Twelve years after bravely coming out, India's Prince Manvendra Singh Gohil continues to be an inspiration to his nation's beleaguered LGBT community.
Gohil recently opened up his palace to vulnerable LGBTs, with plans to construct more buildings on his 15 acre grounds to house additional people, reports IBT Times UK. Queer people in conservative India often find themselves disowned and lacking resources after coming out.
"In India, we have a family system and we are mentally conditioned to be with our parents," Gahil, disowned by his own parents after coming out, told IBT. "The moment you try to come out you are told you will be thrown out and society will boycott you. You become a social outcast. A lot of people are financially dependent on their parents."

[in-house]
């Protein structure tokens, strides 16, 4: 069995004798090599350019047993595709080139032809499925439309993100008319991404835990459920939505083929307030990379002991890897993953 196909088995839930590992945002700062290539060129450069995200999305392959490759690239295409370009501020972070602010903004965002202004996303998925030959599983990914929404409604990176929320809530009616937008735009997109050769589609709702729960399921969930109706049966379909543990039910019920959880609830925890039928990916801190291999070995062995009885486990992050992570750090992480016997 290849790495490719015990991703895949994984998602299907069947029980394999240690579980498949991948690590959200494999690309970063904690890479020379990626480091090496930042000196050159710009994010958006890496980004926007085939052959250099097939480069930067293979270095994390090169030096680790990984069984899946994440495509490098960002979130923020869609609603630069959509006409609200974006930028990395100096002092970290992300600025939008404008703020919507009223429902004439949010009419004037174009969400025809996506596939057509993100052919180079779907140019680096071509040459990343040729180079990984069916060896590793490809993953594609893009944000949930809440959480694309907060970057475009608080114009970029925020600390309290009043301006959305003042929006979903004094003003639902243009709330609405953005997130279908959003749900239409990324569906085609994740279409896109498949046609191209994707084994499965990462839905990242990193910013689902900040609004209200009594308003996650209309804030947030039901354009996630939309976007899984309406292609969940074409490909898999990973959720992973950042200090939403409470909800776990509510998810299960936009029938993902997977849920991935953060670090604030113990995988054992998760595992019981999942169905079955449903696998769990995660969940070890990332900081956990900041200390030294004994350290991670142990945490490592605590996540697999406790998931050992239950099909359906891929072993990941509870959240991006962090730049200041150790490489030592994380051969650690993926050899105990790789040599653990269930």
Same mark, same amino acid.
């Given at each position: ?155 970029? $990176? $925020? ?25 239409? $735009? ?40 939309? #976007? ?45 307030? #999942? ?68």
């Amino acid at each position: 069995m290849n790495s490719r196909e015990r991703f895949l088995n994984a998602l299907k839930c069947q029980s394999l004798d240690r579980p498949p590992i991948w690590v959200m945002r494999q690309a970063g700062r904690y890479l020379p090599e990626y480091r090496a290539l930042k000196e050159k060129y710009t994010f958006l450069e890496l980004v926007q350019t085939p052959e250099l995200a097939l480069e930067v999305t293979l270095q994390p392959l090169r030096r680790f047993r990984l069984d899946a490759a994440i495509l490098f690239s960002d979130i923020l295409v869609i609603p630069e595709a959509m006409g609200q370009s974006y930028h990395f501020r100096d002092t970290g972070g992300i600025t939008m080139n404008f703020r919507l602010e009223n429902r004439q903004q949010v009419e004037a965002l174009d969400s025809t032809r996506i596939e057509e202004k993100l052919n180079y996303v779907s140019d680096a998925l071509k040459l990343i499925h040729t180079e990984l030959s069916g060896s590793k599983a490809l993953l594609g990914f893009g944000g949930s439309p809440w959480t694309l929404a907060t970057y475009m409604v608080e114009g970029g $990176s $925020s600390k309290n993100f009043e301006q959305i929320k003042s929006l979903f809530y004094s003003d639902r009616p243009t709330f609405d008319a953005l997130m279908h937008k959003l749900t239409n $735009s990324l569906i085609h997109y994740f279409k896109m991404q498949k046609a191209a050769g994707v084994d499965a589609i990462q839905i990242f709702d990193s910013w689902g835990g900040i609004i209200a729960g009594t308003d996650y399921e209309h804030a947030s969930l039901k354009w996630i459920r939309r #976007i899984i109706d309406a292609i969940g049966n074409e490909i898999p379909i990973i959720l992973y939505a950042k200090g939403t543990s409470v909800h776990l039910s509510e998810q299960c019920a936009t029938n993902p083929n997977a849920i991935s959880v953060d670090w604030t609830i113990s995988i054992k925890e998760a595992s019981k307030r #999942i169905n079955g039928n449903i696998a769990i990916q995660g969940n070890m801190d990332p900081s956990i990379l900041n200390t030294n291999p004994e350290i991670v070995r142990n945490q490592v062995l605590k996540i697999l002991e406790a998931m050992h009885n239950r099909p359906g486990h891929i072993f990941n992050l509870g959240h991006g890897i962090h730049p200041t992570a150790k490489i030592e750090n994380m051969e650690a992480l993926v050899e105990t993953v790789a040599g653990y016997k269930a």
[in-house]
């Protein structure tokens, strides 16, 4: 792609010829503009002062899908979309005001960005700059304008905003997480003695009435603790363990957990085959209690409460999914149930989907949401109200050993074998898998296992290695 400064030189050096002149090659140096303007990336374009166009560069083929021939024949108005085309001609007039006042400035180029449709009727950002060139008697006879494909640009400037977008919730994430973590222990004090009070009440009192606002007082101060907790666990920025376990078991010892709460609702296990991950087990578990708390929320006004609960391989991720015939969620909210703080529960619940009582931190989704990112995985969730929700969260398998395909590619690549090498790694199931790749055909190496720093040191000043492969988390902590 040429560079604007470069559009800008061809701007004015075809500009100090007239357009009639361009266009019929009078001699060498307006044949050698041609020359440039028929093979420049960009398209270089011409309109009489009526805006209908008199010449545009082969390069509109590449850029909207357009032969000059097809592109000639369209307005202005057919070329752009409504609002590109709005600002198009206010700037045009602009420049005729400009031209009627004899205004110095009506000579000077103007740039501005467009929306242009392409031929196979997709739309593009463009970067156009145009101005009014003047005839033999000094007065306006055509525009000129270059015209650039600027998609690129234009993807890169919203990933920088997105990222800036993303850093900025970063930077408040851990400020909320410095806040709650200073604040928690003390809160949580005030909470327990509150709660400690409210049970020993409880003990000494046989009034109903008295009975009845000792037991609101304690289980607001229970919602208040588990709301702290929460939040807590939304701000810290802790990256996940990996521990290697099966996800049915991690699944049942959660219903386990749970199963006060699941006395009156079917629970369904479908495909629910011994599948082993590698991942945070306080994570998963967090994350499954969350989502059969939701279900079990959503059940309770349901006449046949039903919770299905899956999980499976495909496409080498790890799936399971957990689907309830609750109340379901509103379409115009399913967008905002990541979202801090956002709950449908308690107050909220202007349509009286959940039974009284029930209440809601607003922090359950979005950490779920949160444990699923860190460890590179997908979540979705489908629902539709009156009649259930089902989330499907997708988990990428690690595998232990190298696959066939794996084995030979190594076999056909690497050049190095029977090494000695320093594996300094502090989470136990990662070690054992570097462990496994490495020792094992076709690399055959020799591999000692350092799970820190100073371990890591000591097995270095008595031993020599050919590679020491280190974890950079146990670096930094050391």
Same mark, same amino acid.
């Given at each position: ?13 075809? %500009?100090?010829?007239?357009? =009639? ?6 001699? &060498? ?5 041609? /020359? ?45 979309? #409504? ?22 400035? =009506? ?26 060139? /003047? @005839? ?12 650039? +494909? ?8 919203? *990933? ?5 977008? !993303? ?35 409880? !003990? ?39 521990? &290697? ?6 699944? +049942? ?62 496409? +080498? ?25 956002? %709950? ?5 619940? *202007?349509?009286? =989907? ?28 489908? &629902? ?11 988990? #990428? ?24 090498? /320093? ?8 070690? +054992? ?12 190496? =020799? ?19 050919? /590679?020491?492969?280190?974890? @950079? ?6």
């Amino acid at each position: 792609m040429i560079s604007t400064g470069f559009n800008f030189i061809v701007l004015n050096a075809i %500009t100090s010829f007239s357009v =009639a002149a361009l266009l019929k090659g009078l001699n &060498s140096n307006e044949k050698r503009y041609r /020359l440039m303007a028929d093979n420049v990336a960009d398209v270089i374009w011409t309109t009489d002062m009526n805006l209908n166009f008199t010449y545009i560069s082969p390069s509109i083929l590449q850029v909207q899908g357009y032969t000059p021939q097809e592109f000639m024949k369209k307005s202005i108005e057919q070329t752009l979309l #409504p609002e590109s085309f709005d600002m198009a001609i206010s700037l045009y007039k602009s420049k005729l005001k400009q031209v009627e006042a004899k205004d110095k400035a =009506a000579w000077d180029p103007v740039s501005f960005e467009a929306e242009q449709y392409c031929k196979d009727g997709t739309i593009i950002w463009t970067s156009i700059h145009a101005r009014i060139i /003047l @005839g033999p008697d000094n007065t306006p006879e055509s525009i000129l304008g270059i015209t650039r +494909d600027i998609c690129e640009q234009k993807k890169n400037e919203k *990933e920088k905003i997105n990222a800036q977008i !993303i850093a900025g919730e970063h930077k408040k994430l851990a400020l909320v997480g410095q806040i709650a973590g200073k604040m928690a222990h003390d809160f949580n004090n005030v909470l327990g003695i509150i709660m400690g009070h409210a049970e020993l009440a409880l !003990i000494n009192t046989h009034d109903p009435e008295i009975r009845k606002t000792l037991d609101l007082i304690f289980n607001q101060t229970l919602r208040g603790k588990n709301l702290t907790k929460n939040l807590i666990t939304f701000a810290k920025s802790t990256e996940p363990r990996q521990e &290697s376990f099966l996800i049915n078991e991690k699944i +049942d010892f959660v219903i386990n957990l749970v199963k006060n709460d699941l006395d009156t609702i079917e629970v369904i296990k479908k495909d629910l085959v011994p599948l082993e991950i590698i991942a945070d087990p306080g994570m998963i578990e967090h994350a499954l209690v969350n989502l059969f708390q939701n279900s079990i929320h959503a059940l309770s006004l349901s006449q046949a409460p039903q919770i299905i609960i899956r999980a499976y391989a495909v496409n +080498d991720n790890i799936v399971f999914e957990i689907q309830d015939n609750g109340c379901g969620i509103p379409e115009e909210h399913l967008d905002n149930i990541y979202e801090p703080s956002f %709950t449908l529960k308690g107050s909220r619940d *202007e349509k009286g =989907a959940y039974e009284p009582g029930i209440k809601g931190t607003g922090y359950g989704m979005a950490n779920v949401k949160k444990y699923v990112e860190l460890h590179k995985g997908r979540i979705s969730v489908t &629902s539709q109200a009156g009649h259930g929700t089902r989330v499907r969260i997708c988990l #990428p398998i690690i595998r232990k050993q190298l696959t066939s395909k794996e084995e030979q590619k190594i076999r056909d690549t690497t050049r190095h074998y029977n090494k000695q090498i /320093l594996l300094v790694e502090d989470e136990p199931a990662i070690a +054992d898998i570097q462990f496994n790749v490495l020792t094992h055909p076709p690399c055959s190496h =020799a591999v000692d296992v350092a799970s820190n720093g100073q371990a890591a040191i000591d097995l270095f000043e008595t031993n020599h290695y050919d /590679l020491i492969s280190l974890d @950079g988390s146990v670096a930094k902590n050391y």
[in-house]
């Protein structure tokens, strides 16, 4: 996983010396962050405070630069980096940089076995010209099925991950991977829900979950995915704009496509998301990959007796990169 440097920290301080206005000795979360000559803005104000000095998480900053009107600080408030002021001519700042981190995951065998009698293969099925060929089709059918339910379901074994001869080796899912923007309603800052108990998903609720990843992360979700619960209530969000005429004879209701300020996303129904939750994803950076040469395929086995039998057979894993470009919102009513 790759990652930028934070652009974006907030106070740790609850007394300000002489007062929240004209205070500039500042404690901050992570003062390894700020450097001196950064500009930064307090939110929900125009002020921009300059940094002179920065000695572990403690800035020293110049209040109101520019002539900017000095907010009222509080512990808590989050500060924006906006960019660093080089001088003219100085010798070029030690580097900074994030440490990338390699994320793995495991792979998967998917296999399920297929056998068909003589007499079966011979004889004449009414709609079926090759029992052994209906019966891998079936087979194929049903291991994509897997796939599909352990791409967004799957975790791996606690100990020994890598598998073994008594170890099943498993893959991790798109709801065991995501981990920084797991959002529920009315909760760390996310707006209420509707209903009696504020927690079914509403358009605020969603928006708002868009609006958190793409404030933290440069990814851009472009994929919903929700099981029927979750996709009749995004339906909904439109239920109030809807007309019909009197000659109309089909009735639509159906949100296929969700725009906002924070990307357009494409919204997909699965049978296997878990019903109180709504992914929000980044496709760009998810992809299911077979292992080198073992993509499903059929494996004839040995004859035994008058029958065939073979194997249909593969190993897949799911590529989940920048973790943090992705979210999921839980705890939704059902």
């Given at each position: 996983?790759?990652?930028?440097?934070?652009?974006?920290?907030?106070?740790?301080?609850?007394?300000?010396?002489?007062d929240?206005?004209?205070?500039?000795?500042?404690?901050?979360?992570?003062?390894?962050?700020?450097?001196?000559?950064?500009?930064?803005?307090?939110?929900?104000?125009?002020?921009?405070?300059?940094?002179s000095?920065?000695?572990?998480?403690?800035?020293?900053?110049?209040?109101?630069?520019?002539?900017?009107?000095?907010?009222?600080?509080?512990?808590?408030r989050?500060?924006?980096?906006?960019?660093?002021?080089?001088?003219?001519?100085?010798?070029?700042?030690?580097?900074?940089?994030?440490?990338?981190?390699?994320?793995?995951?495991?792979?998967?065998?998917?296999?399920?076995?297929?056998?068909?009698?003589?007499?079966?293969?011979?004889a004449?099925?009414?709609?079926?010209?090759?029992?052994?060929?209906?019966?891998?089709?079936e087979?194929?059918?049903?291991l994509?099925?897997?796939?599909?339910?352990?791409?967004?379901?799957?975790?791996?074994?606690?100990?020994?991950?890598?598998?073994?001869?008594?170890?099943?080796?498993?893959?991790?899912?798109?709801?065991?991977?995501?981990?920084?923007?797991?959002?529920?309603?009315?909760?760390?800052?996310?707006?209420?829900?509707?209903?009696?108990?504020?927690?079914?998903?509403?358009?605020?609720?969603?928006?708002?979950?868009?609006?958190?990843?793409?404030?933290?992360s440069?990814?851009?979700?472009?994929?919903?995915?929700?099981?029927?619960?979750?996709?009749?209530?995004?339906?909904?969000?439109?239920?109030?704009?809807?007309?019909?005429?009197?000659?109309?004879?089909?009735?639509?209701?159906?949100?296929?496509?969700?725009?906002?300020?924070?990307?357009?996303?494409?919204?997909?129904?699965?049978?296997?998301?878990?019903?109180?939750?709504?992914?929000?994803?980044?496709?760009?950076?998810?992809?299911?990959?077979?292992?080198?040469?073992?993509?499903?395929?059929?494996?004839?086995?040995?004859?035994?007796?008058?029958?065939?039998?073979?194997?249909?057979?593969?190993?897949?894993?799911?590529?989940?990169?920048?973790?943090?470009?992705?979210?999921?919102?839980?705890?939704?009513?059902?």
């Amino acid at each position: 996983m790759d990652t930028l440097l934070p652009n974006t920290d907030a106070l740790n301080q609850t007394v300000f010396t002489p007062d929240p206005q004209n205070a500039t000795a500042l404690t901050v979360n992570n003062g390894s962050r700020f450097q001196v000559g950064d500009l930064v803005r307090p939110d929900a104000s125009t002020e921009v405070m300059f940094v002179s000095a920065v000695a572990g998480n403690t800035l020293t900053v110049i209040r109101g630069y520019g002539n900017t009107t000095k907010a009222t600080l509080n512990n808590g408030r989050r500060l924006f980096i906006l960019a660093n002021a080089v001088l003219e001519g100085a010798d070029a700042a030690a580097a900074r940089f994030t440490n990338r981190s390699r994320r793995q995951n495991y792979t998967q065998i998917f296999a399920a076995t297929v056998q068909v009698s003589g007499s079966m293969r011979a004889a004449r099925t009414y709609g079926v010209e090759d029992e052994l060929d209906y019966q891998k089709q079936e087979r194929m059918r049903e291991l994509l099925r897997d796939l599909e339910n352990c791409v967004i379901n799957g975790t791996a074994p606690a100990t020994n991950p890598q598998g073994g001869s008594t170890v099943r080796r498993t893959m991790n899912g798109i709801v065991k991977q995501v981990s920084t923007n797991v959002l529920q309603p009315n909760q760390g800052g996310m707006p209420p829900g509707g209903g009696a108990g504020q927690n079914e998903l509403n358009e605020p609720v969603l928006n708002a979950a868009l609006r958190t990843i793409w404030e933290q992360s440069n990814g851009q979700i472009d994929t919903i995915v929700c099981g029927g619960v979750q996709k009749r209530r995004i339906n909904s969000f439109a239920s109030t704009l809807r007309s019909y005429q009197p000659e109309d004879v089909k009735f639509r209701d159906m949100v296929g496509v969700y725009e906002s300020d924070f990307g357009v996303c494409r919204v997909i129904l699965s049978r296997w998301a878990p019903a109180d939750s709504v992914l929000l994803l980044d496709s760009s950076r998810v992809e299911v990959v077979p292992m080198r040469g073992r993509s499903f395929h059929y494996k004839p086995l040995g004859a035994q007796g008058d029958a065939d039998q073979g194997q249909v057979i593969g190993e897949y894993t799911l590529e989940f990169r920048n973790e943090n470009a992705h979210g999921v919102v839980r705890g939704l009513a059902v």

Offering up his home as a refuge means more people can live openly without fear of being disinherited and, in effect, penniless. While change is coming to India — this summer the nation's high court opened the door to LGBT Indians' right to privacy — the nation has a long way to go, as gay sex remains officially illegal and many gay Indians are forced into heterosexual marriages by family members.
"I want to give people social and financial empowerment, so eventually people who want to come out won't be affected," Gohil said. "They will have their own social security system. It won't make a difference if they are disinherited."